Anton Walbrook Poster


Jump to: Overview (4)  | Mini Bio (1)  | Trivia (15)  | Salary (2)

Overview (4)

Born in Vienna, Austria-Hungary [now Austria]
Died in Garatshausen, Bavaria, Germany  (heart attack)
Birth NameAdolf Anton Wilhelm Wohlbrück
Height 6' (1.83 m)

Mini Bio (1)

This dark, debonair, dashing and extremely distinguished Austrian actor was christened Adolf Wohlbrück in Vienna, the scion of a family of circus clowns. He broke away easily from generations of tradition as the circus life had no appeal whatsoever to Walbrook.

Trained by the legendary director Max Reinhardt, Walbrook's reputation grew on both the Austrian and German stages. In between he managed a couple of undistinguished roles in silent films. Billed as Adolf Wohlbrück, the youthfully handsome actor graced a number of romantic films come the advent of sound beginning in 1931. Among them Walzerkrieg (1933) and the gender-bending comedy Victor and Victoria (1933), which later served as the inspiration and basis for Blake Edwards' own Victor Victoria (1982) starring wife Julie Andrews. Hollywood beckoned in the late 30s for Walbrook to re-shoot dialog for an upcoming international picture The Soldier and the Lady (1937) again playing Michael Strogoff, a role he had played impeccably in both previous French and German adaptations. With the rise of oppression in Nazi Germany he moved to Great Britain and took his trademark mustache and dark, handsome features to English language films where he went on to appear to great effect.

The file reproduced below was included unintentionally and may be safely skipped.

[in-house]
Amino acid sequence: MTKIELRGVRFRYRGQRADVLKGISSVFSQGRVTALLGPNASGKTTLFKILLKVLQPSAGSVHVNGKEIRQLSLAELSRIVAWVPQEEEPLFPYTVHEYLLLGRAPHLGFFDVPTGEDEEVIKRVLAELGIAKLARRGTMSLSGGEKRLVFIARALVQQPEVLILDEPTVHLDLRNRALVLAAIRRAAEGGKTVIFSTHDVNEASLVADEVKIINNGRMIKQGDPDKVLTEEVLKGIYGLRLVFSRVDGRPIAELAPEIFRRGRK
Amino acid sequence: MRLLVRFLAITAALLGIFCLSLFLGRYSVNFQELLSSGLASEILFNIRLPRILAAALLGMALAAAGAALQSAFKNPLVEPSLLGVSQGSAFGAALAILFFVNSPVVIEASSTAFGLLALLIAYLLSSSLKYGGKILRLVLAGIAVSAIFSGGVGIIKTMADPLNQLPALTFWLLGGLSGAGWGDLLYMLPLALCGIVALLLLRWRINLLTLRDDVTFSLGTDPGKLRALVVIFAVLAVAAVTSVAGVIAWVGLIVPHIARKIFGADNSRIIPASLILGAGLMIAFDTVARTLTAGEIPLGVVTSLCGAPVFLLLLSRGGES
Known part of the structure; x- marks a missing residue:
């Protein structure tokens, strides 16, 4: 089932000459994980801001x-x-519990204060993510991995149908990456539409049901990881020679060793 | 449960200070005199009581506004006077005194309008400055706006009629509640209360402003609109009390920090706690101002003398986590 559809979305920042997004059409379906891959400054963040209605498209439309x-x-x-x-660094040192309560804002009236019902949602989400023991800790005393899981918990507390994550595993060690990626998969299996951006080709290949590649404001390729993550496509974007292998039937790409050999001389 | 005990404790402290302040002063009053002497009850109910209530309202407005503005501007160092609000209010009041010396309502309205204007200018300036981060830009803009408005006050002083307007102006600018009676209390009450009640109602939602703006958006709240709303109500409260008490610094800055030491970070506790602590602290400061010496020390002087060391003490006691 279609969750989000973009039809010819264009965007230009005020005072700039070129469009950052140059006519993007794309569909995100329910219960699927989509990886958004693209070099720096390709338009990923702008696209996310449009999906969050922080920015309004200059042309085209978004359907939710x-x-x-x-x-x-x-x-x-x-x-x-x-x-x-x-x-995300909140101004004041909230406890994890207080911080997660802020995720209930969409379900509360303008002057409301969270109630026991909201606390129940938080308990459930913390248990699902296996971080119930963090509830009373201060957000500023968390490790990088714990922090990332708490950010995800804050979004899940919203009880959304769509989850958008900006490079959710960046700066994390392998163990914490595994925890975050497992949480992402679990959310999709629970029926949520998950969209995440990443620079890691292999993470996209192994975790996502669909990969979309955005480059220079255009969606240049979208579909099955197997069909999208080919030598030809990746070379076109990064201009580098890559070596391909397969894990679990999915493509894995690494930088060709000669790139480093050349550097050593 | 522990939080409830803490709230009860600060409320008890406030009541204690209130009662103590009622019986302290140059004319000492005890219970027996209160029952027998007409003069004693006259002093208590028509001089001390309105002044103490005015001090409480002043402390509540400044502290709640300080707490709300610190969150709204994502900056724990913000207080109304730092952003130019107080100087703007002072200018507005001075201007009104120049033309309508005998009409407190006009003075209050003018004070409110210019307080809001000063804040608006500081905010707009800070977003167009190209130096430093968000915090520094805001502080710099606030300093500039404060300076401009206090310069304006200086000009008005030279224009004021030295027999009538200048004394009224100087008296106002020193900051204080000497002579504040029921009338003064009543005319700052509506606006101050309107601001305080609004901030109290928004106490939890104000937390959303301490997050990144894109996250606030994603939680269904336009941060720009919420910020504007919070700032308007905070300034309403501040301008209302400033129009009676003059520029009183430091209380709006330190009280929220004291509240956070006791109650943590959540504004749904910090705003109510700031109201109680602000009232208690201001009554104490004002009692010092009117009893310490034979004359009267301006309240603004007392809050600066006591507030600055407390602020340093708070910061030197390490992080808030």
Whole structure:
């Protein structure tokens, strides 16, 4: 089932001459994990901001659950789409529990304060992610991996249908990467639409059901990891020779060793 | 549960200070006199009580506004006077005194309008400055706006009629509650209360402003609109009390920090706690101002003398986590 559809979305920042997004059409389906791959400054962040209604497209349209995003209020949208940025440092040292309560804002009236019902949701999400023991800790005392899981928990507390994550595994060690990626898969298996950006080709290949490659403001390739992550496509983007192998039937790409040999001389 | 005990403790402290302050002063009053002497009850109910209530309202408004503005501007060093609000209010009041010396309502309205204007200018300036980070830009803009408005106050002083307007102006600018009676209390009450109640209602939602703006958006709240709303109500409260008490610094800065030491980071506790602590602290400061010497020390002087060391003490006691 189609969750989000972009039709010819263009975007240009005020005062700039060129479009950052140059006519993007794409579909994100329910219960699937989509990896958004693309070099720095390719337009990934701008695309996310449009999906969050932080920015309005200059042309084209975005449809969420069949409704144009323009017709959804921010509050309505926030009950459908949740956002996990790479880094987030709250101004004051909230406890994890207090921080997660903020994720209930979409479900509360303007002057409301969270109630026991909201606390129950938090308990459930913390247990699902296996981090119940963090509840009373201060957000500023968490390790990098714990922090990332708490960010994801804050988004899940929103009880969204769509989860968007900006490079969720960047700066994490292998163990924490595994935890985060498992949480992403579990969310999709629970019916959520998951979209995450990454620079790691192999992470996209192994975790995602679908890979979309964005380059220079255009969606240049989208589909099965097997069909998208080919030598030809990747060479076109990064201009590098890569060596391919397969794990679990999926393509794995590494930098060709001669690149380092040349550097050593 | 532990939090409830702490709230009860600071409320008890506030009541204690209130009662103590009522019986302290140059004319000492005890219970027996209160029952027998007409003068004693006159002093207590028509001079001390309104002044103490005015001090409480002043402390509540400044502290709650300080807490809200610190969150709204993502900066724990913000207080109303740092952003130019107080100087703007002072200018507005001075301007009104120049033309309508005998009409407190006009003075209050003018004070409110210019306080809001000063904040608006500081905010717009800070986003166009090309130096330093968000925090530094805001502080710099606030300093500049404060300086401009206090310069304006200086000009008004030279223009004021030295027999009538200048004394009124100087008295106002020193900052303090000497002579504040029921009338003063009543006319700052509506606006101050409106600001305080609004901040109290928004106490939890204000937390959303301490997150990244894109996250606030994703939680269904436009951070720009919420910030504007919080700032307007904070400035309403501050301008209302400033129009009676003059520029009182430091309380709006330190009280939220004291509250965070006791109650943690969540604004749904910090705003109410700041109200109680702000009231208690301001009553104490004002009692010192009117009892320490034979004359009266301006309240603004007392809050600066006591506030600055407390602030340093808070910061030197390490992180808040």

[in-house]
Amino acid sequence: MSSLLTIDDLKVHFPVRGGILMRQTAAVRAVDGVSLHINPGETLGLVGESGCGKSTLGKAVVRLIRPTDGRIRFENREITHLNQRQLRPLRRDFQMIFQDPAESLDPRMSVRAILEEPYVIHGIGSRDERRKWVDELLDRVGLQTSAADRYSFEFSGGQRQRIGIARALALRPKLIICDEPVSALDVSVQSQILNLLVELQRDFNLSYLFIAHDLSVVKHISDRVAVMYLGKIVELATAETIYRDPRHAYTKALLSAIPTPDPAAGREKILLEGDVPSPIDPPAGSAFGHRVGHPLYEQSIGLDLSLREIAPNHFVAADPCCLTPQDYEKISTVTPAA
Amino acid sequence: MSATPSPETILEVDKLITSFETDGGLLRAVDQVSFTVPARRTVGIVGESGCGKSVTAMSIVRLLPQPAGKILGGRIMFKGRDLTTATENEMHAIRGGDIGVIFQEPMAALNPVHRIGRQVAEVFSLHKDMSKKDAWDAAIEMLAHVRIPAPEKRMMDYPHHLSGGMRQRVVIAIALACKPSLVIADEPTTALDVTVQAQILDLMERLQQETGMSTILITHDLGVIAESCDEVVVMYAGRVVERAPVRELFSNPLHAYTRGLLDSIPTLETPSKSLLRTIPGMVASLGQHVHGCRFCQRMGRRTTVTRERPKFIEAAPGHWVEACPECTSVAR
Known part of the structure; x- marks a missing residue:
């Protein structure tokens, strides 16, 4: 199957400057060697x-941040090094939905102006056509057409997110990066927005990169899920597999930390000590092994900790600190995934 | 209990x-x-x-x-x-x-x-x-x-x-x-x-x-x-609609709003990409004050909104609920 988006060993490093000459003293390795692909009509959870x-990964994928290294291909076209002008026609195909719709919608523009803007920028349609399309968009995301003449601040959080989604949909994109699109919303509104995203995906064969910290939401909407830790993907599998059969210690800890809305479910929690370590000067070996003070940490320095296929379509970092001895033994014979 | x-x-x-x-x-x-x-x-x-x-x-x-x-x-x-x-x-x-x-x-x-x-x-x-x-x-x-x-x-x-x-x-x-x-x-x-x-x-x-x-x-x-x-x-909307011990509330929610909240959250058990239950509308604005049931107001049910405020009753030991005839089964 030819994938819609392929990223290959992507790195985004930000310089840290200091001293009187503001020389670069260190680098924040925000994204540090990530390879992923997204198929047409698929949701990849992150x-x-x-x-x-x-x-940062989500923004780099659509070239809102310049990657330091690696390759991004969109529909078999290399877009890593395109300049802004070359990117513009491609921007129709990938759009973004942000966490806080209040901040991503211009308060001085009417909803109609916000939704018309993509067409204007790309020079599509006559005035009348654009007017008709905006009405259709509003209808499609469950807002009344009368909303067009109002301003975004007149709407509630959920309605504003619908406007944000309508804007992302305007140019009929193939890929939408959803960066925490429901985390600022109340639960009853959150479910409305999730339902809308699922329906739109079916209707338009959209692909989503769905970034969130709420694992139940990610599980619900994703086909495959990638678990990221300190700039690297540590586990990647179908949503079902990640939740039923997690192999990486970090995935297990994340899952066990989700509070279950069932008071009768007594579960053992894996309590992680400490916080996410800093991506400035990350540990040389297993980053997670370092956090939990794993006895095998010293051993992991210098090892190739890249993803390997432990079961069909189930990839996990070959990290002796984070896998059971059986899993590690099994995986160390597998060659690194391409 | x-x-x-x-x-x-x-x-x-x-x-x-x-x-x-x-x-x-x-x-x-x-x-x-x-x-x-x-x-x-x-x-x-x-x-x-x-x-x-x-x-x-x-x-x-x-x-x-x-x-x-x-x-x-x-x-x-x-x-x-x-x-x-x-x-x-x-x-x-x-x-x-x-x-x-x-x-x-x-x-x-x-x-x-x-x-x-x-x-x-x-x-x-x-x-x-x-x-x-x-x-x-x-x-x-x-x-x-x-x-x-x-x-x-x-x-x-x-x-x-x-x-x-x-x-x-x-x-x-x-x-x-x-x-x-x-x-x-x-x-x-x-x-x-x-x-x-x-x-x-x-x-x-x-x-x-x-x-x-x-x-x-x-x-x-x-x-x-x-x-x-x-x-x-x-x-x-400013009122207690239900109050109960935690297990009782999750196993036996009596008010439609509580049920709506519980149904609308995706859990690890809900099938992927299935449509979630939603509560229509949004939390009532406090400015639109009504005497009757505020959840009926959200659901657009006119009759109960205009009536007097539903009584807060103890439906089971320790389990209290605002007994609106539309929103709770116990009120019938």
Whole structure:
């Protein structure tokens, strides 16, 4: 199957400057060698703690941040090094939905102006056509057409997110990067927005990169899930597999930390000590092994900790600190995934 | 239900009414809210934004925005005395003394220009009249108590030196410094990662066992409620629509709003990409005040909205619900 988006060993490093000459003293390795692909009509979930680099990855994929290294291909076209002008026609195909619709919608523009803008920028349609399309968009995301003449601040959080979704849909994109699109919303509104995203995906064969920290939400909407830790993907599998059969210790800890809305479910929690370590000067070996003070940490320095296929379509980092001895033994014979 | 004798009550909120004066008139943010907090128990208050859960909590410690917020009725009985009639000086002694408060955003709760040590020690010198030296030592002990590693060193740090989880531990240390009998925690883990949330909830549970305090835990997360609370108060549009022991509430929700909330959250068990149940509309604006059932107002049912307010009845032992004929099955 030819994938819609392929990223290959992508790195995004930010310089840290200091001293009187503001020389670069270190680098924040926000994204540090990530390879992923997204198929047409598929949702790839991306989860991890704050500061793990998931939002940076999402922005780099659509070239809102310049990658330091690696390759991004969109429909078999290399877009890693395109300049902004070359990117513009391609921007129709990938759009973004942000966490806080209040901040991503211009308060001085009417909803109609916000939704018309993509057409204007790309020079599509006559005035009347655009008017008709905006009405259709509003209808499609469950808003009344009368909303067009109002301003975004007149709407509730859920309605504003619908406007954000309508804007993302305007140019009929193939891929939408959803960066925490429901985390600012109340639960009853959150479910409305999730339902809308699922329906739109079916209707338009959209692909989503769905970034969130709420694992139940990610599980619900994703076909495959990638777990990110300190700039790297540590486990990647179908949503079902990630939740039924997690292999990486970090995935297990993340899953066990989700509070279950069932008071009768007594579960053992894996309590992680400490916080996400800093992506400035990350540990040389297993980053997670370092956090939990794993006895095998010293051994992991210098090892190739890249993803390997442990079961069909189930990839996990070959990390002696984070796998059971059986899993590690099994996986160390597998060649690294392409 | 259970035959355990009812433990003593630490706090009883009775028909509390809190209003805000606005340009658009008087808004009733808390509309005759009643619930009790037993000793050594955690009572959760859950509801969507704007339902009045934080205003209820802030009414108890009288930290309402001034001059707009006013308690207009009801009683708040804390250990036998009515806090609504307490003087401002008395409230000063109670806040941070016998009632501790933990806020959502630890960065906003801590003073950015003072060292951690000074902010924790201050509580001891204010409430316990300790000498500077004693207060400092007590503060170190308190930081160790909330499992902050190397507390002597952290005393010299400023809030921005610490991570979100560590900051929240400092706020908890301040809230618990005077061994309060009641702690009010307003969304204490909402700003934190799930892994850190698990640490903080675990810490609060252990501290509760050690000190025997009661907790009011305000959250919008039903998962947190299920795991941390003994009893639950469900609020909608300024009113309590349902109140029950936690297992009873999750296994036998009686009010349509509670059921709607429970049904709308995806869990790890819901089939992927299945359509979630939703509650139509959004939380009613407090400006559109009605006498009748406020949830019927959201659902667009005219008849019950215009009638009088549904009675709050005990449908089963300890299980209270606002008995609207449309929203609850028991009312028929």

Portraying a host of imperious kings, bon vivants and and foreign dignitaries over the course of his career, he played everything from composer Johann Strauss to the Bavarian King Ludwig I. With a tendency for grand, intense, over-the-top acting, he was nevertheless quite impressive in a number of portrayals. Such included the sympathetic German officer in the landmark Powell and Pressburger satire The Life and Death of Colonel Blimp (1943) and gentle pacifist in another of their collaborations 49th Parallel (1941); as Prince Albert in the black-and-white glossy costumer Victoria the Great (1937) immediately followed by its color remake Queen of Destiny (1938) both opposite Anna Neagle's Queen Victoria; and, most notably, as the obsessively demanding impresario opposite ballerina Moira Shearer in the romantic melodrama The Red Shoes (1948). His stiff and stern military officers were just as notable which included sterling work in The Queen of Spades (1949) and last-speaking English film I Accuse! (1958).

He retired from films at the end of the 1950s, and in later years returned to the European stage and included television roles to his resume. He died in Germany in 1967 of a heart attack.

- IMDb Mini Biography By: Gary Brumburgh / gr-home@pacbell.net

Trivia (15)

Walbrook, who was gay and classified under the Nuremberg Laws as "half-Jewish" (his mother was Jewish), settled in England and continued working as a film actor, making a speciality of playing continental Europeans.
After World War II he appeared on German stages but the German film business offered him very little.
His ashes were interred in the churchyard of St. John's Church, Hampstead, London, as he had wished in his testament.
His The Red Shoes (1948) co-star Moira Shearer recalled Walbrook was a loner on set, often wearing dark glasses and eating alone.